When was the last time you climbed a tree?
For most of us, it’s probably been a while. But as a kid, didn’t you love the feeling of being tucked away between the branches, connected with nature and on top of the world?
Trees do make a wonderful place to spark the imagination. But they’re also much more than that. In fact, trees matter more to our planet now than ever before. And, sadly, they’re also facing more threats than they ever have.
In this article, discover why trees are so important, what challenges threaten trees today, and how you can help protect them.
3 Surprising Facts About Trees
Before we dive into everything trees do for us, let’s take a second to get a bigger-picture look at the world of trees themselves.
Here are three facts you may not know about trees.
Scientists recently discovered that there are at least 73,300 distinct species of trees worldwide. This is over 10,000 more than previously estimated.
- The oldest living thing in the world is a tree: a 4,853 year old Great Basin bristlecone pine known as Methuselah.
- Trees, both living and fossilized, play a key role in helping scientists learn about time and climate history.
As you can see, trees are pretty amazing — and they’re resilient, but not invincible. And today, they’re facing more challenges than ever.
The Biggest Threats to Trees Today
Our global ecosystem is a complex place. And while nature always strives to keep things in balance, more factors are coming into play every day.
Right now, some of the biggest challenges trees face are deforestation, drought, and climate change.
Deforestation is defined as, “the action of clearing a wide area of trees.” Unfortunately, this action is becoming increasingly common around the world.
For example, the United States lost about 16% of its total tree cover between 2000 and 2021.
And in the Amazon Rainforest, the world’s largest rainforest, deforestation is picking up speed. 2022 has been a record-high year for trees cleared.
The UN reports that droughts have increased in length and frequency by nearly 30% since the year 2000. And in the continental United States, over 40% of the country was in drought as of August 2022.
When drought strikes, trees struggle to get enough water to stay healthy. They slow their growth and begin to die if the drought continues long enough.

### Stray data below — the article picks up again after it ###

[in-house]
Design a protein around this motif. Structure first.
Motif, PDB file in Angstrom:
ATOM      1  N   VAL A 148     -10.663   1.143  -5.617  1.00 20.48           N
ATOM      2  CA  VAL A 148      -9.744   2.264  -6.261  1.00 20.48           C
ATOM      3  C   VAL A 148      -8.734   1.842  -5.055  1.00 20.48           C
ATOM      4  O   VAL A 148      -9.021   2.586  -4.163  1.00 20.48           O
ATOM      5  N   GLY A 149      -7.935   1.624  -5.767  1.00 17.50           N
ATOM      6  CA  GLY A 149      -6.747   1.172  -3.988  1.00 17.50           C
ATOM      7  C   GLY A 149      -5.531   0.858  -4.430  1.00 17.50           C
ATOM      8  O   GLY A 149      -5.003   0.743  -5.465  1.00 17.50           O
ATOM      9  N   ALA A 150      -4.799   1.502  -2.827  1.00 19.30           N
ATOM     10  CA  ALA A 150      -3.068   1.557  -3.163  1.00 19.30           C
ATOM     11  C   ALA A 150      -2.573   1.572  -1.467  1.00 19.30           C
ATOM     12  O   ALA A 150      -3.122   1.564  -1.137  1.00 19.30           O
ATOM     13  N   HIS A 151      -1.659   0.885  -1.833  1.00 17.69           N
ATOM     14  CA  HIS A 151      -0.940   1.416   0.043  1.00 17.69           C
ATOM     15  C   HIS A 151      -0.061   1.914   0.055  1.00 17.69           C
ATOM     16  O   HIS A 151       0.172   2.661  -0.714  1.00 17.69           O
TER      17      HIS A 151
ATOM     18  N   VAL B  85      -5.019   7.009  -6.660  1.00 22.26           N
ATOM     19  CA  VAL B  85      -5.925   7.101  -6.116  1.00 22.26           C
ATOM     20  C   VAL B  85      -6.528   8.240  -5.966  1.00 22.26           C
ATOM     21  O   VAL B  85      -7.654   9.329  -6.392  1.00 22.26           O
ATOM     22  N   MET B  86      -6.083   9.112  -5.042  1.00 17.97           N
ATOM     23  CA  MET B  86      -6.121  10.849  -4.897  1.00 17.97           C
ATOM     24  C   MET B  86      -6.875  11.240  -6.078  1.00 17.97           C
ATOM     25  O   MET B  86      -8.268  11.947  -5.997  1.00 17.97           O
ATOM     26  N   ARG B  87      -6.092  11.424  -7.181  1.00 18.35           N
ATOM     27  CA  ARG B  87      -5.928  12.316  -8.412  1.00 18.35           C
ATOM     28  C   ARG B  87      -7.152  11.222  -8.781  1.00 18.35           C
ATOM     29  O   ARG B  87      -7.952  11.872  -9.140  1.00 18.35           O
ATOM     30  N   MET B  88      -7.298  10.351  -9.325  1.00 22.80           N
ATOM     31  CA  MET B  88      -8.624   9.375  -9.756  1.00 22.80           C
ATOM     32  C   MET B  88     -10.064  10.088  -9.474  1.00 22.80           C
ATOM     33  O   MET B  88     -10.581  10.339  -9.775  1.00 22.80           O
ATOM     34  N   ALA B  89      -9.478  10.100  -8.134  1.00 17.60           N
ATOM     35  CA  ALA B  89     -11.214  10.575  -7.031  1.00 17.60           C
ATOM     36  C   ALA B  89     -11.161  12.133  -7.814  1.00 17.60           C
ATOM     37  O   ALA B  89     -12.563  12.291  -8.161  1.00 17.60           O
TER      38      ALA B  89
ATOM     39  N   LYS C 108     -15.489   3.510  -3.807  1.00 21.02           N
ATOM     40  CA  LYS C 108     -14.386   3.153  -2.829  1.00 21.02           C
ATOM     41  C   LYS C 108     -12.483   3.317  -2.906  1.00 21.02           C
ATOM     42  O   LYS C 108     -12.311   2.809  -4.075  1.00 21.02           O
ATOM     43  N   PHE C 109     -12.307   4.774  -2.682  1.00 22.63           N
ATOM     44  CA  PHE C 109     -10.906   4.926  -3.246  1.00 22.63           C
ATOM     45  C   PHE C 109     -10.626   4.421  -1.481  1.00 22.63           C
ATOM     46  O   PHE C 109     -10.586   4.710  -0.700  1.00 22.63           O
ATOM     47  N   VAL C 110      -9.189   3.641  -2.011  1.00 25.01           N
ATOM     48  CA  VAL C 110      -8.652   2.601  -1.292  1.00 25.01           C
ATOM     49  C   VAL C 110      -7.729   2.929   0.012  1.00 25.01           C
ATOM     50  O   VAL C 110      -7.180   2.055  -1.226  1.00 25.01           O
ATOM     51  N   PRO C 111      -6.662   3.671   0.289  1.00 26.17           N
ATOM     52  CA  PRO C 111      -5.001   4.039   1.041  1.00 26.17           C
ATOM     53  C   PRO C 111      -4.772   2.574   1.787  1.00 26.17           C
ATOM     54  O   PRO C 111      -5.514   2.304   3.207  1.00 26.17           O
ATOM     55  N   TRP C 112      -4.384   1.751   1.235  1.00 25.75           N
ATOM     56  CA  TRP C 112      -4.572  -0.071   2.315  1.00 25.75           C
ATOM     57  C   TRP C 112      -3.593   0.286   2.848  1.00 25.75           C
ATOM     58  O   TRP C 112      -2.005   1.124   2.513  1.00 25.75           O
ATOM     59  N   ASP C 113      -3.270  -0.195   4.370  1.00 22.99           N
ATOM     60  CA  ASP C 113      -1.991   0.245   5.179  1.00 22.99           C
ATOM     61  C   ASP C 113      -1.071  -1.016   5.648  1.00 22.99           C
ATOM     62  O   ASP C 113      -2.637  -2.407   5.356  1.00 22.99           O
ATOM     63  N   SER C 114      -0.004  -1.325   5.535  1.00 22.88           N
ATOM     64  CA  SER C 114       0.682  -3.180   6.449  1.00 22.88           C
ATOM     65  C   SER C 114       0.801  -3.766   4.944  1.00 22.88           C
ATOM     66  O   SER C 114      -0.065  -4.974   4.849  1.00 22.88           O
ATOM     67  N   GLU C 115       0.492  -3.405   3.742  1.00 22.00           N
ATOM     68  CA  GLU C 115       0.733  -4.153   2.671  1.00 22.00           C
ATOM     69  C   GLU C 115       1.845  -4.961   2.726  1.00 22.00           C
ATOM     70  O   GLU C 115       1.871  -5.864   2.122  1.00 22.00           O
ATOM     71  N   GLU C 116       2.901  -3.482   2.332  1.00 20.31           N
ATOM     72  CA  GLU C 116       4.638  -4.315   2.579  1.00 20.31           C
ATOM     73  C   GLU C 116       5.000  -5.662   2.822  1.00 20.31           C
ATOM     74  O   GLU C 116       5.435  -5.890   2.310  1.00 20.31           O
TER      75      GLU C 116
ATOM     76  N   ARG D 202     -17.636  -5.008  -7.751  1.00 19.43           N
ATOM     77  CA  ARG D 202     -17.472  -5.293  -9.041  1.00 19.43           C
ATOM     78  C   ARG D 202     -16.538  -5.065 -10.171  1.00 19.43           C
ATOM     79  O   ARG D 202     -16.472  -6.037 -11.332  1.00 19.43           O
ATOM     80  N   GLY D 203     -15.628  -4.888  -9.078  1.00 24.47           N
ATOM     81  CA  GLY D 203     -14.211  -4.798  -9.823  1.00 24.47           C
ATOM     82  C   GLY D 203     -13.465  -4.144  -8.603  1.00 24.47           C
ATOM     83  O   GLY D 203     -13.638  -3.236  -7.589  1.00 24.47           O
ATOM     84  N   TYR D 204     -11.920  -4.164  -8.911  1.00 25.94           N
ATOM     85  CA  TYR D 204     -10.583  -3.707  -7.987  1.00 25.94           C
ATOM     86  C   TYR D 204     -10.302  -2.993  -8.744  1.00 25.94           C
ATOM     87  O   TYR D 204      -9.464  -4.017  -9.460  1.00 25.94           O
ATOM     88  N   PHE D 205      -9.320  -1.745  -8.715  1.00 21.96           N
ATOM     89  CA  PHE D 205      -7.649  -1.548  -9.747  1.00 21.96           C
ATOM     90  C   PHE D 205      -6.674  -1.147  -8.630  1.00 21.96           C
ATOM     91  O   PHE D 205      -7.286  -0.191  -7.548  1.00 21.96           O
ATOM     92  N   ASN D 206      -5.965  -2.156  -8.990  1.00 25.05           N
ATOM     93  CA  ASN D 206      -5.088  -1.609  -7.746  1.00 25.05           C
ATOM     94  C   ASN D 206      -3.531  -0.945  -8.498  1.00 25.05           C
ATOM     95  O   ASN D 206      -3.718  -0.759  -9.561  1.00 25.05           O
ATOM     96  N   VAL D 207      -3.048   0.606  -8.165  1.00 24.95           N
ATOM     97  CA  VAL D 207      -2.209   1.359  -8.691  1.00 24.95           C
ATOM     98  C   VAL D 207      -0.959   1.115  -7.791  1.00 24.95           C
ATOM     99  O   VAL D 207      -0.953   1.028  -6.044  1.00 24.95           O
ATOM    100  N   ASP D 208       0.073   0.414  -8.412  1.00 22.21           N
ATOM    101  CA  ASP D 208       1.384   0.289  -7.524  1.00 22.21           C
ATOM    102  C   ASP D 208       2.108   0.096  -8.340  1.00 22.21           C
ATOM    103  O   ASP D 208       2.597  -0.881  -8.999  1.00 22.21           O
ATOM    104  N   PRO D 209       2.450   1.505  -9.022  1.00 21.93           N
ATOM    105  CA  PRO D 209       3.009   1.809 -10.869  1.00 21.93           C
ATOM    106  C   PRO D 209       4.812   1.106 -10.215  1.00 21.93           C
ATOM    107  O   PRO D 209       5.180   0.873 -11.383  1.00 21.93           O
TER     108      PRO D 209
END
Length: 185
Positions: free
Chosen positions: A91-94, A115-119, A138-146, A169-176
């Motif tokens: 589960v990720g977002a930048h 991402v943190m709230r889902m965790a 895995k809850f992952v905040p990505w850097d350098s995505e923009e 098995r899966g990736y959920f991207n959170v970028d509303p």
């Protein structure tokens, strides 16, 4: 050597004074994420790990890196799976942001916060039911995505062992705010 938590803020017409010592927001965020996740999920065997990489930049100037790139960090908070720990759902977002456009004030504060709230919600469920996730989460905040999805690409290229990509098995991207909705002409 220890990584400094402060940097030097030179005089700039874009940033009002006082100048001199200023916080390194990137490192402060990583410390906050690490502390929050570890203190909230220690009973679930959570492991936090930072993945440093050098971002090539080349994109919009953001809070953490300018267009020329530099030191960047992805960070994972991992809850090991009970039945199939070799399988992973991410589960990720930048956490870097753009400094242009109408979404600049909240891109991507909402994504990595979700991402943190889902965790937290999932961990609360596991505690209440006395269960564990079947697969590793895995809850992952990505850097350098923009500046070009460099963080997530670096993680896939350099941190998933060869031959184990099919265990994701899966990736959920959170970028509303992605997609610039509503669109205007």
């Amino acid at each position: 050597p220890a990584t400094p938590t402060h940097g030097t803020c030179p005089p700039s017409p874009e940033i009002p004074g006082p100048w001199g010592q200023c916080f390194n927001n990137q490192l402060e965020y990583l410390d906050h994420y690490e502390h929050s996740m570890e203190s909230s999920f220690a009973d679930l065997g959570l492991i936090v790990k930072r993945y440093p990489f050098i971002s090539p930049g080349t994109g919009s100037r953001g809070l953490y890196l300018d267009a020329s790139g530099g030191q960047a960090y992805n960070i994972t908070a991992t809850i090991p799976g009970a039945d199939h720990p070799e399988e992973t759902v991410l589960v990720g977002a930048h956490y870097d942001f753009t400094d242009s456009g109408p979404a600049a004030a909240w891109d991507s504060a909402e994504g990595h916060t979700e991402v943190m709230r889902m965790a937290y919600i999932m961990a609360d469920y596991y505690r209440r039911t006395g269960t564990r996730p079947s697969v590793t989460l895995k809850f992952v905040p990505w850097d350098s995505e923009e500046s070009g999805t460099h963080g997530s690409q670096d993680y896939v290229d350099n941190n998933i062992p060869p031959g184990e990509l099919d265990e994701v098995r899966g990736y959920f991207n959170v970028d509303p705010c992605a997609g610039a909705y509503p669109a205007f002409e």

Drought-stressed trees are also more susceptible to problems like borers and other infestations.
While drought may fall under this umbrella in many cases, the issue of climate change as a whole is a big deal for trees.
In most areas of the world, trees rely on a seasonal rhythm for ideal growth. They grow in the spring and summer and rest in the fall and winter. As climate change disrupts normal seasonal and weather patterns, trees struggle to adapt.
And these threats to trees matter to us, too — because trees are a critical part of a healthy environment.
What Do Trees Do for the Planet?
Trees are beautiful, that much is for certain. But there’s so much more to them than first meets the eye. Without them, we’d be in trouble.
Below, discover six of the many reasons that trees are so important to people, animals, and the planet.
Trees Absorb and Sequester Carbon
Like all plants, trees create their own food through a process called photosynthesis. They take in sunlight and carbon dioxide and turn it into food. Then they release oxygen as a byproduct.
The carbon that trees absorb (or “sequester”) stays in them as long as they live. So they literally pull a greenhouse gas out of the atmosphere and keep it in a harmless form.
Trees Provide a Habitat for Animals
When I was younger, one of my favorite things to do was draw trees. They were almost always apple trees — and they always had little nests and some birds in their branches.
Trees give shelter and food to countless species of animals, from sparrows to squirrels to sloths. And when trees suffer, the animals do, too. Habitat loss is one of the main drivers of extinction and decreased biodiversity worldwide.
Trees Help Cool the Earth
If you’ve ever stepped under a tree on a hot summer day, you’ve experienced this firsthand.
Not only do trees provide refreshing shade, but they also help keep the air around them cooler. They don’t absorb as much heat as pavement or building materials.
So they help neighborhoods feel cooler — in some cases, areas with many trees can stay up to 8-10 degrees cooler than nearby neighborhoods without them. That way, you can stay comfortable and give your A/C a much-needed break.
Trees Improve Soil Health and Fight Erosion
Trees get their nutrients and much of their strength from their roots. Some species send roots out in wide, shallow patterns. Others send roots deep into the earth.
Either way, trees help keep ecosystems healthy by improving water retention and soil quality. And their root systems stabilize and hold soil together. This helps prevent erosion and makes it easier for other plants in the area to grow.
Trees Filter and Store Fresh Water
Did you know that trees filter and store more than half of the freshwater supply in the United States? So next time you take a sip of water, thank the trees that sent it to you.